Louise had visited a week or so after we returned home, twittering on and on about how much the baby had grown and changed since she had seen her last at L’Hopital, how healthy the baby looked. This was a lie, and we both knew it. Louise’s child had grown within her, but my child had only recently stopped loosing weight. Julia’s skin lacked the healthy pallor she should have by now, her hands and feet were often slightly blue.

With Mémé Hélène’s tutelage, Julia and I had a feeding routine that had all but forced her to gain weight. She had us up at all hours of the night, even waking the baby up to nurse. It had worked. Julia’s cheekbones were starting to recede; her little arms and legs growing stronger and more active.

I tipped my head back, against the solid hardwood of the headboard. We had placed a small, narrow bed in the nursery and it was worth its weight in gold. I spent many hours in this bed, most often with Julia. I could count on one hand the number of times I had slept in the bed I had shared with Jamie since returning home. It was too large, too haunting, too menacing without him. This bed was small and cozy; barely long enough for me to stretch out length-wise on it. I didn’t care, as I was usually curled up around Julia.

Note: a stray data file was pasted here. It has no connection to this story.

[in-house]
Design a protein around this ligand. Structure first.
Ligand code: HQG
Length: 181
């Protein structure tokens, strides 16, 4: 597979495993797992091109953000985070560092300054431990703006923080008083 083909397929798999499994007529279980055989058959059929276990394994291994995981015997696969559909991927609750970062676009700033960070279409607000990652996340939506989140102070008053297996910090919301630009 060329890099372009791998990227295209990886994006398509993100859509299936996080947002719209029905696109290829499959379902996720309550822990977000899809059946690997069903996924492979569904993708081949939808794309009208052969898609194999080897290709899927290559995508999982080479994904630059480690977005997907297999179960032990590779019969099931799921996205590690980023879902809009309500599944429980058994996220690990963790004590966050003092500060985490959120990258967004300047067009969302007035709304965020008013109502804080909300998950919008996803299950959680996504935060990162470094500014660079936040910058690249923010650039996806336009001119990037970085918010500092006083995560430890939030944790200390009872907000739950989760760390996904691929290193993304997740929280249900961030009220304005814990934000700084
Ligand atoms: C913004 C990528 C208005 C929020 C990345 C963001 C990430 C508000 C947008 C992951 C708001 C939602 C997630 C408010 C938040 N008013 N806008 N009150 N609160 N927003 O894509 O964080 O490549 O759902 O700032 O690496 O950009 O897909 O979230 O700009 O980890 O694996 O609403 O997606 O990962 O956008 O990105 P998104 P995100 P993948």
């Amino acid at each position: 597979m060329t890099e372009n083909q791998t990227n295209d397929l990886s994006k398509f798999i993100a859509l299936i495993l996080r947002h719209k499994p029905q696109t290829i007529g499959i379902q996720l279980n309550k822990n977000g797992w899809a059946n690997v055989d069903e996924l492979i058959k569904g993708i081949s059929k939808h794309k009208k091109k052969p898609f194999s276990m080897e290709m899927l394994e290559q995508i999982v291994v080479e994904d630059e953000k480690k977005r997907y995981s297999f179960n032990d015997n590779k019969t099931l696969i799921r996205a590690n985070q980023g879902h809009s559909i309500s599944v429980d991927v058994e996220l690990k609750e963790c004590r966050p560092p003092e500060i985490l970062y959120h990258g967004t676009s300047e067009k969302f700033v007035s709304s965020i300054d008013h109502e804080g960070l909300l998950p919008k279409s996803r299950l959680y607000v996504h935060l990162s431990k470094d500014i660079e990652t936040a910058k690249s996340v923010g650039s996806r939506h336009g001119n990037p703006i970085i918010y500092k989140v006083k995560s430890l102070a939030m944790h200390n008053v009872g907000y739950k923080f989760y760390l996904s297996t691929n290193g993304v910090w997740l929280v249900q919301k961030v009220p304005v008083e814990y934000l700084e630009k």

My eyes burned with fatigue as I stared up at the dark ceiling. It was well past midnight, the few candles that were lit burned low. I hated these moments of emptiness. The darkness threatened to swallow me whole as my mind found its way back to Jamie. I could push him away in the daylight. I could let the hatred and betrayal keep my mind from dwelling on him.

But here, alone with our daughter in a dark nursery, I couldn’t. I was helpless to do anything but love him. The fear and longing threatened to strangle me. I brushed a teardrop from my chin, not wanting it to fall on Julia, but made no effort to hold back my tears.

The sound was quiet at first, but it was clearly a child crying. I instinctively looked down at Julia, even though it was obviously wasn’t her, and found her still fast asleep. There weren’t any other children in the house except…


*croodle: to nestle close together for warmth or protection.